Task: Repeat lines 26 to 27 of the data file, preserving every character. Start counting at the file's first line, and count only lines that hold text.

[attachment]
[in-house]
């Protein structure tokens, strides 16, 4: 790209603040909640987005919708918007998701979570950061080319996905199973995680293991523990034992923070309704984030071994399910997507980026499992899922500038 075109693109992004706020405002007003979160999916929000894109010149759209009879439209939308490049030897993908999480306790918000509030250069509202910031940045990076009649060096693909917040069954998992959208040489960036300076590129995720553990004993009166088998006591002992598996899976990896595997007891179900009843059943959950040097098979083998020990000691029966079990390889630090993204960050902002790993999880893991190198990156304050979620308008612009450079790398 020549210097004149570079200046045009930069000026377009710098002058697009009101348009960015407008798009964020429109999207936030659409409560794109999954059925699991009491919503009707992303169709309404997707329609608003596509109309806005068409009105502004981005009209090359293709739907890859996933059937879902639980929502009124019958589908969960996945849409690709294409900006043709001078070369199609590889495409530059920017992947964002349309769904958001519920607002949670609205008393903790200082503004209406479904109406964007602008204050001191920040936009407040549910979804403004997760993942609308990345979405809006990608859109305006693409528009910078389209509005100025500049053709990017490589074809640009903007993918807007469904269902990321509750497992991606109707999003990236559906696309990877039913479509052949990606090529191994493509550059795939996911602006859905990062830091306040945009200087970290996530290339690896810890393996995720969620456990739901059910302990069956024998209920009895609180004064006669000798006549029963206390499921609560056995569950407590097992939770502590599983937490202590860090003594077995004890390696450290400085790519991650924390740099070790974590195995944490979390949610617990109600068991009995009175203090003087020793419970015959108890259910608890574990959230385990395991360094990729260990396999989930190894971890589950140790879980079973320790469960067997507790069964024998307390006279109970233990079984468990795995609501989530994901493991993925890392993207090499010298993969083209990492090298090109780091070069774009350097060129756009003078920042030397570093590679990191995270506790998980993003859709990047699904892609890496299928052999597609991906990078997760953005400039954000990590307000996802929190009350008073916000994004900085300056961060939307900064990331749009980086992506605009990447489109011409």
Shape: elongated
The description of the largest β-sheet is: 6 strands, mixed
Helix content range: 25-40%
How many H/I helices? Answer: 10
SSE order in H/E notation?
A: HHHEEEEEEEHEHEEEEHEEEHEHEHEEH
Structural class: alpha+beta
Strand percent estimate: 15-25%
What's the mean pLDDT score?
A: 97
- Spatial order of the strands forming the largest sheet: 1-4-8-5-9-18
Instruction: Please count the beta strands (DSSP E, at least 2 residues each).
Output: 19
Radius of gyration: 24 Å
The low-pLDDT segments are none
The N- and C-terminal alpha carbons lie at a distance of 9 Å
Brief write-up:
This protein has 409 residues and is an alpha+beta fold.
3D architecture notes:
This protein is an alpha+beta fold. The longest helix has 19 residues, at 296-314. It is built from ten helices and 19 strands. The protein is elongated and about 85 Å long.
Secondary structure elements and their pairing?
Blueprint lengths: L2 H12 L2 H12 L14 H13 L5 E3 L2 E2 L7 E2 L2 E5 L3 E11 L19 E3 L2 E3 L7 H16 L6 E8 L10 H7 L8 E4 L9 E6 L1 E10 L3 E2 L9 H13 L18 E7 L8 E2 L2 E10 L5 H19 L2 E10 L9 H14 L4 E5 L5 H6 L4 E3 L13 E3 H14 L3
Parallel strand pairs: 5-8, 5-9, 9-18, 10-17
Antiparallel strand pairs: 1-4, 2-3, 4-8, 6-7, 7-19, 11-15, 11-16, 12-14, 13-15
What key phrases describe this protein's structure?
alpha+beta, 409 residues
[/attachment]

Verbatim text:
Antiparallel strand pairs: 1-4, 2-3, 4-8, 6-7, 7-19, 11-15, 11-16, 12-14, 13-15
What key phrases describe this protein's structure?